The best way for parents and caregivers to help infants and toddlers achieve developmental feeding milestones is to let the child guide the feeding. This means that the adult needs to set aside all of their own stress, worries, fears, fatigue, etc. and be fully in the present moment with the baby. Once we, as adults, can fully focus on the infant, then we are able to pay closer attention to our baby’s signals and cues about what they need. We are talking about being able to read an infant’s subtle body cues to tell us what is going on with them so we can correctly judge how to make it better. Does the child cry because they are hungry or bored or tired or have a dirty diaper? If we do not read the baby’s signals correctly, we will do the wrong intervention and the infant will not be happy. When we do read our baby’s cues correctly, and then intervene appropriately, our child reinforces us as the caregiver for this by settling down, becoming calm and interactive, and/or resting quietly. Dr. Daniel Siegel (2001) refers to this ability to correctly read a baby’s cues as the parental skill of Attunement. By being attuned and meeting the baby’s needs, we are teaching them that we, and the world, are trustworthy.
Expanding this concept of Attunement to feeding, Ellyn Satter (2000) talks about a concept she calls the “division of responsibility”. At different stages of feeding, the baby has a job and the parent/caregiver has a job. From Birth-to-4 Months, the infant’s job is to get themselves physiologically regulated including moving onto a feeding schedule and controlling how much they eat. The caregiver’s job is to decide how the baby will be fed (breast or bottle or both), and what the baby will be fed (breast milk or which formula). The Parent also needs to be well attuned to understand when the baby needs to eat versus needing some help with a different physiological system.
The adult’s need to focus on correctly reading the baby’s physical cues continues into the introduction of baby food purees (4-6 months of age). We need to identify as the caregivers, whether our baby has stable enough head control when placed in sitting to keep the head steady for 3-5 seconds. If the infant can do this, then they are ready to try spoon feedings.
Once we mix the first rice cereal/breast milk or formula mixture, we have to carefully watch to see how our baby responds. Did we make it thin and runny enough that the puree is similar to breast milk or formula from the spoon? Or, is our baby grimacing and possibly showing us that the mix is too thick or they are not sure about this new activity? During initial spoon feedings, the most important thing is for the adult to use a very happy face and voice to help their child know that this experience is going to be fun and enjoyable. Then the caregiver needs to give the baby just a taste of puree at first, by dipping the spoon in the thin mixture and letting most of it run off. The caregiver can then place the tip of the spoon on the outside border of their baby’s lips. The adult needs to role model how to happily lick their lips and smack their lips up and down to get the taste into one’s mouth. If the baby does this motion, gets the taste in and looks okay with it, then the parent can put a small taste just inside the lip borders. If their baby does well with this experience, the parent can put a taste inside the baby’s mouth onto the tip of the tongue. Always when feeding very young children, we need to use small volumes at first, making sure the child is handling that amount, and then slowly weaning up on the volumes while maintaining our own happy faces.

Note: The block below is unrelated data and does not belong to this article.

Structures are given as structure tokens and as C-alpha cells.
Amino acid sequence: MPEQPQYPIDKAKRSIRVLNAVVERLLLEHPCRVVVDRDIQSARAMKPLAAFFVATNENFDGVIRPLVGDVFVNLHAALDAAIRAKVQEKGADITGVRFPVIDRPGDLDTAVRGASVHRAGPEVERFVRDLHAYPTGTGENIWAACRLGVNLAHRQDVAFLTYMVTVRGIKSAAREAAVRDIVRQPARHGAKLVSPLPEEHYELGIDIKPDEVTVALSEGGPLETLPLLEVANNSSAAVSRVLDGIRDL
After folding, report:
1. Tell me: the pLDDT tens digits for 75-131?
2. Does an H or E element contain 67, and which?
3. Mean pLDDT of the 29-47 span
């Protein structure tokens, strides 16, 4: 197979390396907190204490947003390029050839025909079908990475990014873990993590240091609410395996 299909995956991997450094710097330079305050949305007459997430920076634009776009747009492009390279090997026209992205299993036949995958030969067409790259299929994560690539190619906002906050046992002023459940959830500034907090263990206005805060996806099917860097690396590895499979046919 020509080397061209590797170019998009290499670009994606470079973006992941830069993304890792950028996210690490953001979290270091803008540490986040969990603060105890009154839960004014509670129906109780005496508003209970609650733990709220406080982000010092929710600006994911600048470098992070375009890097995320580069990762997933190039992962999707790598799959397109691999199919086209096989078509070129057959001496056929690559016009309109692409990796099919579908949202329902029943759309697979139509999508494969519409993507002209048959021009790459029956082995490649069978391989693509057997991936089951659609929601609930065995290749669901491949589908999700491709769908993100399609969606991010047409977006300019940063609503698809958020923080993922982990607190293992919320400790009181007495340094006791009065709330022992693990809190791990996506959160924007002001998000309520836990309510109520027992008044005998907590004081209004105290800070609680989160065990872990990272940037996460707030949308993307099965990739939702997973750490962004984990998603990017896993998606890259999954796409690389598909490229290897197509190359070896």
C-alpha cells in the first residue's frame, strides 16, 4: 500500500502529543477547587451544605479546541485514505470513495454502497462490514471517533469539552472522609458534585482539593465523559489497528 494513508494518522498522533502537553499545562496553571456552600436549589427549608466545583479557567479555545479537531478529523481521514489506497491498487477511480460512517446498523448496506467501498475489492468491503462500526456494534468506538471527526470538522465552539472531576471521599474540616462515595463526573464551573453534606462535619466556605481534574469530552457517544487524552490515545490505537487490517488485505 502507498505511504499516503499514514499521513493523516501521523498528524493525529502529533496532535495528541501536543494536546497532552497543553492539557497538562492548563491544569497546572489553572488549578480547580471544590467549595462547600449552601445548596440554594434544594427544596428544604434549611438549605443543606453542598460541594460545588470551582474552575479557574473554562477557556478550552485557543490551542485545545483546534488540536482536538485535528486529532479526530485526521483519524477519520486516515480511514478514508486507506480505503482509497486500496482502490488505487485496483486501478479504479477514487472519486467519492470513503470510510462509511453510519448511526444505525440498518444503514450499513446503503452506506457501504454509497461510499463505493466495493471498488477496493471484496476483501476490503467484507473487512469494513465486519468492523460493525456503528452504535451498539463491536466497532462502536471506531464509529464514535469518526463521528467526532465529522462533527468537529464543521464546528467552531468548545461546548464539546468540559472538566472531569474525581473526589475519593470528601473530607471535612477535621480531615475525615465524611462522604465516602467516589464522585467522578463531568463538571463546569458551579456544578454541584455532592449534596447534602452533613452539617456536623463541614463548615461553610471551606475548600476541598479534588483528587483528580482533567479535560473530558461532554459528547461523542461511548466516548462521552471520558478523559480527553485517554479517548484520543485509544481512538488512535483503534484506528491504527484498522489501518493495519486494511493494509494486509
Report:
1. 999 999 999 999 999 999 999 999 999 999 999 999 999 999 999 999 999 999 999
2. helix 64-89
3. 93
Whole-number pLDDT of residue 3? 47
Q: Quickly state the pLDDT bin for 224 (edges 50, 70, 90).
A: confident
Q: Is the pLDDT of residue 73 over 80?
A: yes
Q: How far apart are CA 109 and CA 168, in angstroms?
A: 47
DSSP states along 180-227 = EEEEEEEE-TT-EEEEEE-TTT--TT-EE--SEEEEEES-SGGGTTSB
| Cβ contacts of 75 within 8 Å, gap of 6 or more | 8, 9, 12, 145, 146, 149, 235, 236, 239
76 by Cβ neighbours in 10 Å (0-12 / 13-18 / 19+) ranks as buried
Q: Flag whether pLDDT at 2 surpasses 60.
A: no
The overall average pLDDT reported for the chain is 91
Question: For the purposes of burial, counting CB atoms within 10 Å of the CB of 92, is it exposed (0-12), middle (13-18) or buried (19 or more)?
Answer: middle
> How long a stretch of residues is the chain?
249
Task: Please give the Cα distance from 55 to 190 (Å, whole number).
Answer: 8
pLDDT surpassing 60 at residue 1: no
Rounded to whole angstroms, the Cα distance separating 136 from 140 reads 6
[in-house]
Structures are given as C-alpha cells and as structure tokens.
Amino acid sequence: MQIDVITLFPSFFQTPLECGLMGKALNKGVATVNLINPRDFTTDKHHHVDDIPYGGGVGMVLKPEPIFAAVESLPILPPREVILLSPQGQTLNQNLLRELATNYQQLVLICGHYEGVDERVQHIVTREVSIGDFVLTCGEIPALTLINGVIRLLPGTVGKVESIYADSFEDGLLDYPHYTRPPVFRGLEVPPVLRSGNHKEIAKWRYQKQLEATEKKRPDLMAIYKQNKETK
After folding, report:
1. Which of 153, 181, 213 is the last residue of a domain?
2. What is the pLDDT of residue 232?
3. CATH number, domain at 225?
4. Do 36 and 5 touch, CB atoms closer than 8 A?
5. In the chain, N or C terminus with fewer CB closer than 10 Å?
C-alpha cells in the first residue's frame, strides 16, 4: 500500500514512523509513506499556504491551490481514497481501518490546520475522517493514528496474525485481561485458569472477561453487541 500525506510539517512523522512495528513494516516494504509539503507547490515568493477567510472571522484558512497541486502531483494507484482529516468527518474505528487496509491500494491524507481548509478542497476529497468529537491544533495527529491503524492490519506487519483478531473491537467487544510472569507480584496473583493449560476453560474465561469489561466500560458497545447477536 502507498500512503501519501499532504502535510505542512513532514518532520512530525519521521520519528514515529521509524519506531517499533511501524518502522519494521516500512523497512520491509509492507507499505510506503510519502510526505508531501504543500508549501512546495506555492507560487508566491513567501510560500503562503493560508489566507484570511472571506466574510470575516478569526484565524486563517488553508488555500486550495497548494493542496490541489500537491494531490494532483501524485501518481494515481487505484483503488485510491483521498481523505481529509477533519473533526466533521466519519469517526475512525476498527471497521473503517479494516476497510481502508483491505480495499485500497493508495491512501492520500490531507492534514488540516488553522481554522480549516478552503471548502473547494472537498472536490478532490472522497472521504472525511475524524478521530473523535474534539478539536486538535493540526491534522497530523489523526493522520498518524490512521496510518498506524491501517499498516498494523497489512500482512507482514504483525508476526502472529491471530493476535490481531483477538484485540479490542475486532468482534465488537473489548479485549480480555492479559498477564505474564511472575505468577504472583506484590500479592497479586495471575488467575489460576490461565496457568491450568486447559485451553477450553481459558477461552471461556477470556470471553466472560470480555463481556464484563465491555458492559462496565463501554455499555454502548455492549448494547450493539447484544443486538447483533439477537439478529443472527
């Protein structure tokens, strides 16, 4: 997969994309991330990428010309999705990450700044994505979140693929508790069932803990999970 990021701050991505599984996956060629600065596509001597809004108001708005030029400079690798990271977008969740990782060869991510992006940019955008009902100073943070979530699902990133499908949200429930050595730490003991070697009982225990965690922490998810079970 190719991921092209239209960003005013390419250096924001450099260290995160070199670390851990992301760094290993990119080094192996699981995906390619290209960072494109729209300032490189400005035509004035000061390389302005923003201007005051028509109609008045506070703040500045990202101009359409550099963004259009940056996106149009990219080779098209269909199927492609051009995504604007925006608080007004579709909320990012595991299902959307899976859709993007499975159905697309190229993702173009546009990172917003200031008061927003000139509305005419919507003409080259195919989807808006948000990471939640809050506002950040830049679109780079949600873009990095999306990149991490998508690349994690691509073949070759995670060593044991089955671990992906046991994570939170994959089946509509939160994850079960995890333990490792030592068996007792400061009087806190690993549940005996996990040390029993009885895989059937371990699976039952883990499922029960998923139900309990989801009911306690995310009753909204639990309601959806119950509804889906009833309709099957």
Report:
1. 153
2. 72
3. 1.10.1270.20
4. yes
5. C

Very often babies make funny faces or seem confused or unsure when first experiencing being spoon-fed. The adult’s job is to role model what to do correctly and to maintain a big, happy face. Remember, after 6 months of age, eating is a learned behavior. The way children learn to eat is because their parents teach them how. It is important, therefore, for parents/caregivers to come to the table thinking about themselves as teachers NOT dietitians. Baby food purees are not about volume or even vitamins and minerals. Baby foods and spoon-feeding are all about developing a child’s flavor palate and helping them begin to learn the mechanics of handling food versus fluid in their mouths. Caregivers should think about every meal as a class in which they teach their baby (the student) how to happily and easily eat.
If a baby is having severe gagging or cries with the spoon, they are not ready for solids yet. The caregiver should give them a 2-week break and then try again later. If their infant still reacts very adversely to the spoon-feeding after this break and they are older than 7 months of age, the parent may want to consult with a Feeding Therapist/Specialist.
This stage between 4 months and 8 months during which pureed foods are introduced, is known as the age of “Focalizing Attachment” (Lieberman and Birch, 1985). During this age and stage, the caregiver’s job is to read the baby’s cues and teach them the mechanics of spoon-feeding. The infant’s job is to manage the physical tasks of sitting up with stable head control, opening for the spoon, managing the puree in their mouths and swallowing with good control. If both the parent and child each do their jobs, they will be experiencing positive social reciprocity. Social reciprocity is when each person in a “give and take” interaction reinforces the other. The parent reinforces the infant by introducing the baby food slowly, by going at a steady slow pace and using happy facial and vocal expressions. The baby reinforces the caregiver by happily coming to midline, opening their mouth and managing the next bite at a steady pace. Therefore, spoon-feeding is a great way to work on consolidating the attachment between the parent/caregiver and infant. This is the piece of spoon-feeding that is being missed by proponents of Baby Led Weaning. Offering pureed foods is not about the volume. Pureed foods are about social reciprocity, building a flavor palate, increasing texture tolerance and consolidating attachment.